.- Archbishop Charles Chaput of Denver expressed anguish over the recent Arizona shooting that left 6 dead and over a dozen wounded, noting particularly the life and deep Catholic faith of victim Judge John Roll.
U.S. Federal Judge John Roll was killed on Jan. 8 along with 5 others, including 9 year-old Christina Taylor Green.
The incident began on Saturday when 22-year-old Jared Loughner opened fire at a local supermarket where recently elected Democrat Rep. Gabrielle Giffords was giving a community address. Loughner, a socially isolated, anti-government youth with a history of mental instability, was reportedly intent on killing the congresswoman with whom he took personal issue. Rep. Giffords is alive but in critical condition after being shot in the head at point-blank range.
In his Jan. 12 column for the Denver Catholic Register, Archbishop Chaput remembers Judge Roll as a political figure who lived a life of “powerful, authentic Catholic witness.”
The archbishop recalls a trip to Phoenix in 2008 where he gave the homily for an annual Red Mass for the state's lawyers and politicians. Sitting in the congregation that day, was Judge Roll's wife, Maureen, “an active and very committed Catholic.”
Archbishop Chaput says that Maureen must have mentioned his homily to Judge Roll, since 10 months later “I got the first of several extraordinary letters from her husband.”
“It’s impossible to fully know a man from correspondence alone,” he writes. “But each of John Roll’s letters had the same four clear marks: generosity; intelligence, largeness of spirit and a sincere love for his Catholic faith.”
The archbishop says that two days after Judge Roll’s murder, he spoke to his law clerk, attorney Aaron Martin, who described the late political leader.
Judge Roll was devoted to St. Thomas More and kept a biography of the saint on a table near his desk. He was also known as a father figure among his subordinates and expressed a sincere interest in the lives and families of those he worked with.
“He liked mentoring young Christian attorneys because he believed their faith gave them a better moral foundation for the vocation of law,” Archbishop Chaput says.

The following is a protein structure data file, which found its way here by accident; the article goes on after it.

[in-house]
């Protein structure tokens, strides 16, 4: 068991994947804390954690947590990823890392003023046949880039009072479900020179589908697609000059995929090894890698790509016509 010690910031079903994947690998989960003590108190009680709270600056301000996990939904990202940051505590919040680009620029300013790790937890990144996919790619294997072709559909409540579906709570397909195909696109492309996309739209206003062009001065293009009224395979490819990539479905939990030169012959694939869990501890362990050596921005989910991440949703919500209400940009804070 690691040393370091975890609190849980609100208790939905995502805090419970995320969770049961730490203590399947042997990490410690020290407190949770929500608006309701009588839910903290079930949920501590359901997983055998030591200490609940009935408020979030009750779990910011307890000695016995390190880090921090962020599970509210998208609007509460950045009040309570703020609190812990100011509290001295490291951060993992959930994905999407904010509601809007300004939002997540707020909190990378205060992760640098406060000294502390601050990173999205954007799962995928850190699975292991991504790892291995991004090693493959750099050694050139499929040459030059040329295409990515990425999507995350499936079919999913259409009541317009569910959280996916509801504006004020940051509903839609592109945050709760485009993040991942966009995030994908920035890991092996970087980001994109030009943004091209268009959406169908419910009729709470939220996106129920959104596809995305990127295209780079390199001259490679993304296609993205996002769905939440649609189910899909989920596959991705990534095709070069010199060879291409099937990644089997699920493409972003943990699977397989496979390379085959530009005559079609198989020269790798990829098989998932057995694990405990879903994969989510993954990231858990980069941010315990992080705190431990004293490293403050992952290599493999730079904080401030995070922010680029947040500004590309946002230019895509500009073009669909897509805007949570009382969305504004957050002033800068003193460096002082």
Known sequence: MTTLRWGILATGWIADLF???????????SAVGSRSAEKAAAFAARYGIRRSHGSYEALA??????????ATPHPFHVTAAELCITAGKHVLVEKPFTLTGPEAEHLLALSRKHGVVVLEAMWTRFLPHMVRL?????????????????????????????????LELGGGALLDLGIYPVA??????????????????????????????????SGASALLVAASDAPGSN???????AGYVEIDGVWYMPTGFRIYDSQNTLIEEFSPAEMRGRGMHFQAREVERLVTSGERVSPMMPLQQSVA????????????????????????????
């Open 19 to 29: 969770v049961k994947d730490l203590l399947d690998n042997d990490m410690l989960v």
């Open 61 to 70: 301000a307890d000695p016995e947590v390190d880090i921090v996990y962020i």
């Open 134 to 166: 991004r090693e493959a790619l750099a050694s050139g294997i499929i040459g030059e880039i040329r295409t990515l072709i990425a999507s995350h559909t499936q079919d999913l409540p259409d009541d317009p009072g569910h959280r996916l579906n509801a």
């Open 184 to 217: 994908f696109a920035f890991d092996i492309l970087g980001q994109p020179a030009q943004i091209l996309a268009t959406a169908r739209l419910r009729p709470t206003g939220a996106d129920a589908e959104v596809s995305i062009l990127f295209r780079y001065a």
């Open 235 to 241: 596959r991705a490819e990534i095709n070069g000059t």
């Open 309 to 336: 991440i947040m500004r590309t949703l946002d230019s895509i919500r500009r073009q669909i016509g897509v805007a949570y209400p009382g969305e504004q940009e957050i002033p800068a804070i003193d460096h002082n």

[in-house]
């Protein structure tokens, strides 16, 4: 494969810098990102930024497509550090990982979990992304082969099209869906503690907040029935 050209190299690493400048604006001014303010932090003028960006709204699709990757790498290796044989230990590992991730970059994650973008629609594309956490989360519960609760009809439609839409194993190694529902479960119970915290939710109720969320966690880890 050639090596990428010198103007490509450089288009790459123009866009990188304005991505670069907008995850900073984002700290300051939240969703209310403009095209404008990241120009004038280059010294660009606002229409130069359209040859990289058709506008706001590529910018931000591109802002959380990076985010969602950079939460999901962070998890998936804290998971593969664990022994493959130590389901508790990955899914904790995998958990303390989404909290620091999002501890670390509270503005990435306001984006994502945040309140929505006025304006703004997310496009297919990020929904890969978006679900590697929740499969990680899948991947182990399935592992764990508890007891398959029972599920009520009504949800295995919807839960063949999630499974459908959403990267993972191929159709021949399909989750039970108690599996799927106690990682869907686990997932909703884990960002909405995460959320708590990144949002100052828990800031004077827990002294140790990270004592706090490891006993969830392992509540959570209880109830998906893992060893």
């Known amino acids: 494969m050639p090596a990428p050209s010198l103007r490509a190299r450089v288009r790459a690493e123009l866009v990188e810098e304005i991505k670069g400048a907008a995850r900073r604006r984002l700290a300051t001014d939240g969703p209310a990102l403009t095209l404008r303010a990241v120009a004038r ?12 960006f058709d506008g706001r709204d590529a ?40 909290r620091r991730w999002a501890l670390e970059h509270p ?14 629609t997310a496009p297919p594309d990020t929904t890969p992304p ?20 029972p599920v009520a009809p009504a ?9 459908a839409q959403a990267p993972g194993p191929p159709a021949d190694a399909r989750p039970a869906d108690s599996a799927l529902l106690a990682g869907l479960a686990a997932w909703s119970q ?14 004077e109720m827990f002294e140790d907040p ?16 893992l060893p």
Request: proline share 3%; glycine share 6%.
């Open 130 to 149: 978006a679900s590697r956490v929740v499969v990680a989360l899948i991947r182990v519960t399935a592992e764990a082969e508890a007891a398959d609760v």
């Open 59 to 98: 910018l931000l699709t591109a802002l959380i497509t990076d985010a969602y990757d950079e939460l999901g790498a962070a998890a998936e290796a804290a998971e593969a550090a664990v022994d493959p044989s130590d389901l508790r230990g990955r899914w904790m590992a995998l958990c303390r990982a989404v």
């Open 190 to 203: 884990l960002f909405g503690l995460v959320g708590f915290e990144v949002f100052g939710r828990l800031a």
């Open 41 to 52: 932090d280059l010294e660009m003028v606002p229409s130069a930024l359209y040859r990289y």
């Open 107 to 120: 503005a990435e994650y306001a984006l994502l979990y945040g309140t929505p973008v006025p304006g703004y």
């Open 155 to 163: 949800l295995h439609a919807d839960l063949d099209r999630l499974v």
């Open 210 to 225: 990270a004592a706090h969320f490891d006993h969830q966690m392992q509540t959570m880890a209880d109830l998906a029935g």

Judge Roll read a range of Catholic publications every Sunday morning before Mass to learn more about his faith. He also swam almost every morning at the local YMCA and made it to daily Mass as often as he could. He would have turned 64 on February 8, and is survived by three sons and five grandchildren.
Maureen and John Roll had known each other, according to Aaron Martin, since they were 14 or 15.
“They were, throughout their life together, each other’s best friends,” Archbishop Chaput says. “They would have celebrated their 41st wedding anniversary later this month.”
“John Roll was, finally, a man of unusual personal graciousness,” he remarks. “Despite their political differences, Judge Roll and Congresswoman Gabrielle Giffords, a Democrat, had a cordial relationship of mutual respect.”
Precisely because of their differences, the archbishop says, Judge Roll tried to greet Giffords at her local appearances whenever he could.
“On the morning of his death, Judge Roll went to Mass, and at 9:55 a.m., according to Martin, left his house to just 'drop in' on Giffords’ public gathering as a courtesy, to say hello.”
“He never came home.”
“This life passes,” Archbishop Chaput says in his concluding remarks. “Eternity is forever. We need to act in this world accordingly, with lives of Christian service.”
“Maureen and John Roll shared a life of quiet, powerful, authentic Catholic witness. Please keep them both, and the entire Roll family, in your prayers.”